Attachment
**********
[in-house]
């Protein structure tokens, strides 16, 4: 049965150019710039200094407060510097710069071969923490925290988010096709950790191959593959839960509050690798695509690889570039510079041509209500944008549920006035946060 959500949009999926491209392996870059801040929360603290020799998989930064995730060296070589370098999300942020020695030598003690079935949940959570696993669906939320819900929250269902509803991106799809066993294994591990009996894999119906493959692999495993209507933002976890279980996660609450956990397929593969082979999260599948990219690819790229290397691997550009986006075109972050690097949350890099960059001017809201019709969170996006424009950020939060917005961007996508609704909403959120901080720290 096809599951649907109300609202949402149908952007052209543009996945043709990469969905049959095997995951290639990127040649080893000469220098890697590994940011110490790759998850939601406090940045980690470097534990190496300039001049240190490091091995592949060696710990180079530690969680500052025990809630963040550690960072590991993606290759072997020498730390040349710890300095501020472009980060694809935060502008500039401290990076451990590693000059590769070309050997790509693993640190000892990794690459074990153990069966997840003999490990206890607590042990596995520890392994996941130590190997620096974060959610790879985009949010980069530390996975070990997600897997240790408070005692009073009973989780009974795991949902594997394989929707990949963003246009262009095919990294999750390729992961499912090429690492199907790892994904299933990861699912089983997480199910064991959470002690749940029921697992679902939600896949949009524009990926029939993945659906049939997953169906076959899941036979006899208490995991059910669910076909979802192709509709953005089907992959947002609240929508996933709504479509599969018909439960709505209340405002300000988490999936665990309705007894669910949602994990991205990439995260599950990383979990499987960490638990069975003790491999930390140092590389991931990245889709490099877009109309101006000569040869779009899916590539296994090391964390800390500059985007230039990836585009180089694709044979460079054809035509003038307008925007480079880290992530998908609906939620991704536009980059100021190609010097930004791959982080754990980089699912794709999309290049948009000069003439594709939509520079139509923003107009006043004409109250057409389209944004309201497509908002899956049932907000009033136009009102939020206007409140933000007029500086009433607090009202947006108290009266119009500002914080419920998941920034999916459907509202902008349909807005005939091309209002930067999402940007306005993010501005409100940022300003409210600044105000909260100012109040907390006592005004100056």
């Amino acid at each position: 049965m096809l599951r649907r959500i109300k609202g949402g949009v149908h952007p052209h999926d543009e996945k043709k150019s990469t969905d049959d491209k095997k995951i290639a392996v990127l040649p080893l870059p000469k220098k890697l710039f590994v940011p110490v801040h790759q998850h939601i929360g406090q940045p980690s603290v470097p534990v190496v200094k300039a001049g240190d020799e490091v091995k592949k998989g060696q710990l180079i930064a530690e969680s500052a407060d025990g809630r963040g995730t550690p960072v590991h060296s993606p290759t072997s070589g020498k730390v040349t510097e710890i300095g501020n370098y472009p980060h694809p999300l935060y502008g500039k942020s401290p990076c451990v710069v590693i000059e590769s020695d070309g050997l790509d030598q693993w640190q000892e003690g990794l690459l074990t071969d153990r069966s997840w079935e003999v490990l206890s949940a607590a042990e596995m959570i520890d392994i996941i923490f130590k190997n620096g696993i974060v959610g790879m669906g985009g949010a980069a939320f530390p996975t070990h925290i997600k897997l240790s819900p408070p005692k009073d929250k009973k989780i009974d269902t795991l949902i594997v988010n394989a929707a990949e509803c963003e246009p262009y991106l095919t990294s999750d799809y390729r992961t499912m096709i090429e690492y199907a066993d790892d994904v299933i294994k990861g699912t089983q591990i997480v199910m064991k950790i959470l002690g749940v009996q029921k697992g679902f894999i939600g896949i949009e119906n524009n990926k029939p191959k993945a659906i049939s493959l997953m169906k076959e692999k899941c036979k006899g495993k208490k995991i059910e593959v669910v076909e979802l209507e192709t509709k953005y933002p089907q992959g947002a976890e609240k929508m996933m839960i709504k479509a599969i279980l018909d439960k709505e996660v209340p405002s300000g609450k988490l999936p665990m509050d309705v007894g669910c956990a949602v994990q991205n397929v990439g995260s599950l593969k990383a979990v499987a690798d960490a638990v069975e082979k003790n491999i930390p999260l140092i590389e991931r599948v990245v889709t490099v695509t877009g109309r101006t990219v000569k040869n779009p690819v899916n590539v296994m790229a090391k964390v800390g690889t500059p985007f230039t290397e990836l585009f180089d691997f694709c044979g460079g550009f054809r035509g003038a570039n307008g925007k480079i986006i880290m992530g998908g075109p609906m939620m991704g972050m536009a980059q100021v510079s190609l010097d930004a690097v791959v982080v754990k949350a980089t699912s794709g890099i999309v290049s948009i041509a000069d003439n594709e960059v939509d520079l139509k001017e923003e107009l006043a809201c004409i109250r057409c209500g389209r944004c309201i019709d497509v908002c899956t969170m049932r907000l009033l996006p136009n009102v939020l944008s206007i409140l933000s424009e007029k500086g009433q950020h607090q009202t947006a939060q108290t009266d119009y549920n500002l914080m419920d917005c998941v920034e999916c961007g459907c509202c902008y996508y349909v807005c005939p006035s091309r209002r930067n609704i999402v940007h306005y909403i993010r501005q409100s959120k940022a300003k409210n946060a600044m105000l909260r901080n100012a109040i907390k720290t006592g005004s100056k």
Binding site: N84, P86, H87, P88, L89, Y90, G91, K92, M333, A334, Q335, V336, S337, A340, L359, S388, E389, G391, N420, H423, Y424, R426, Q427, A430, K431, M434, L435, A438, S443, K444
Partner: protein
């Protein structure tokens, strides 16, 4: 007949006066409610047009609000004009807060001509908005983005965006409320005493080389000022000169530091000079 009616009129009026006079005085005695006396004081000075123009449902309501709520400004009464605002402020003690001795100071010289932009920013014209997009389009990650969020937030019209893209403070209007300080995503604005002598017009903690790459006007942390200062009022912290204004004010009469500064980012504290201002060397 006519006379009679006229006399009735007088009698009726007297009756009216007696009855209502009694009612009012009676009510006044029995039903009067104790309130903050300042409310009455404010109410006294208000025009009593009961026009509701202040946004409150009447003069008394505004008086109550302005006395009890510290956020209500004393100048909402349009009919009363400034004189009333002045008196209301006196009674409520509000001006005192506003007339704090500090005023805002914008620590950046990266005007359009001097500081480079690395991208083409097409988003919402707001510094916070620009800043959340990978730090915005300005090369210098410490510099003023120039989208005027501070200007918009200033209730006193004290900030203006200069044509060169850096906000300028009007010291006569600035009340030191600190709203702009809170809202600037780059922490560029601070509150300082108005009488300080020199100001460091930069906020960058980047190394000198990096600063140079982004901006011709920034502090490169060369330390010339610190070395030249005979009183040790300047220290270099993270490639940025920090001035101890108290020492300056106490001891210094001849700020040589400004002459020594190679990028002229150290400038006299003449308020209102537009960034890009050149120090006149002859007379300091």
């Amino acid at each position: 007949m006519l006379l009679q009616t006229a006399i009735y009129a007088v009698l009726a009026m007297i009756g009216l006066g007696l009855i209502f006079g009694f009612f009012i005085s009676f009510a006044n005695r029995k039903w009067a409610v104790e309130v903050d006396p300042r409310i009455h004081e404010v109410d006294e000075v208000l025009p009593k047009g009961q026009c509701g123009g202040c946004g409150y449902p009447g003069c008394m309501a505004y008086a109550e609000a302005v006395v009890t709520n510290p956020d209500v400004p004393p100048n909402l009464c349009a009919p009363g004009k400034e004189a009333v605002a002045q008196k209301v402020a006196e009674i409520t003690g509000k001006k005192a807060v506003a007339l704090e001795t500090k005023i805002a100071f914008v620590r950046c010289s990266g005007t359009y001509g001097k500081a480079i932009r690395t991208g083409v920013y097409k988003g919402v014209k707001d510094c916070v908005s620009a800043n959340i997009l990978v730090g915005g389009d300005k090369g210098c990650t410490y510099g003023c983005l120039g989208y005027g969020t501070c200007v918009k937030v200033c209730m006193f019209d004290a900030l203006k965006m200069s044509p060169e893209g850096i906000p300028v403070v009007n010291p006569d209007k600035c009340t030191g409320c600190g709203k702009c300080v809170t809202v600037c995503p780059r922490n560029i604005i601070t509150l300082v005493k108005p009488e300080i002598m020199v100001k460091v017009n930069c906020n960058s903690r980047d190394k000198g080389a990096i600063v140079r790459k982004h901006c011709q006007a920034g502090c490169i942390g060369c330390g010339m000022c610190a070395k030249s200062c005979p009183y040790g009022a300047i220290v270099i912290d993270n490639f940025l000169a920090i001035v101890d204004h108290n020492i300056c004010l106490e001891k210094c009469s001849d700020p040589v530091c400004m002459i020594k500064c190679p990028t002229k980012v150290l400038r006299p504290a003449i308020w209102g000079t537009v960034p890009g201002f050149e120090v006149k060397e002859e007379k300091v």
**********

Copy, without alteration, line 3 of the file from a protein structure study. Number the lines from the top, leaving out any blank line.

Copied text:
């Amino acid at each position: 049965m096809l599951r649907r959500i109300k609202g949402g949009v149908h952007p052209h999926d543009e996945k043709k150019s990469t969905d049959d491209k095997k995951i290639a392996v990127l040649p080893l870059p000469k220098k890697l710039f590994v940011p110490v801040h790759q998850h939601i929360g406090q940045p980690s603290v470097p534990v190496v200094k300039a001049g240190d020799e490091v091995k592949k998989g060696q710990l180079i930064a530690e969680s500052a407060d025990g809630r963040g995730t550690p960072v590991h060296s993606p290759t072997s070589g020498k730390v040349t510097e710890i300095g501020n370098y472009p980060h694809p999300l935060y502008g500039k942020s401290p990076c451990v710069v590693i000059e590769s020695d070309g050997l790509d030598q693993w640190q000892e003690g990794l690459l074990t071969d153990r069966s997840w079935e003999v490990l206890s949940a607590a042990e596995m959570i520890d392994i996941i923490f130590k190997n620096g696993i974060v959610g790879m669906g985009g949010a980069a939320f530390p996975t070990h925290i997600k897997l240790s819900p408070p005692k009073d929250k009973k989780i009974d269902t795991l949902i594997v988010n394989a929707a990949e509803c963003e246009p262009y991106l095919t990294s999750d799809y390729r992961t499912m096709i090429e690492y199907a066993d790892d994904v299933i294994k990861g699912t089983q591990i997480v199910m064991k950790i959470l002690g749940v009996q029921k697992g679902f894999i939600g896949i949009e119906n524009n990926k029939p191959k993945a659906i049939s493959l997953m169906k076959e692999k899941c036979k006899g495993k208490k995991i059910e593959v669910v076909e979802l209507e192709t509709k953005y933002p089907q992959g947002a976890e609240k929508m996933m839960i709504k479509a599969i279980l018909d439960k709505e996660v209340p405002s300000g609450k988490l999936p665990m509050d309705v007894g669910c956990a949602v994990q991205n397929v990439g995260s599950l593969k990383a979990v499987a690798d960490a638990v069975e082979k003790n491999i930390p999260l140092i590389e991931r599948v990245v889709t490099v695509t877009g109309r101006t990219v000569k040869n779009p690819v899916n590539v296994m790229a090391k964390v800390g690889t500059p985007f230039t290397e990836l585009f180089d691997f694709c044979g460079g550009f054809r035509g003038a570039n307008g925007k480079i986006i880290m992530g998908g075109p609906m939620m991704g972050m536009a980059q100021v510079s190609l010097d930004a690097v791959v982080v754990k949350a980089t699912s794709g890099i999309v290049s948009i041509a000069d003439n594709e960059v939509d520079l139509k001017e923003e107009l006043a809201c004409i109250r057409c209500g389209r944004c309201i019709d497509v908002c899956t969170m049932r907000l009033l996006p136009n009102v939020l944008s206007i409140l933000s424009e007029k500086g009433q950020h607090q009202t947006a939060q108290t009266d119009y549920n500002l914080m419920d917005c998941v920034e999916c961007g459907c509202c902008y996508y349909v807005c005939p006035s091309r209002r930067n609704i999402v940007h306005y909403i993010r501005q409100s959120k940022a300003k409210n946060a600044m105000l909260r901080n100012a109040i907390k720290t006592g005004s100056k």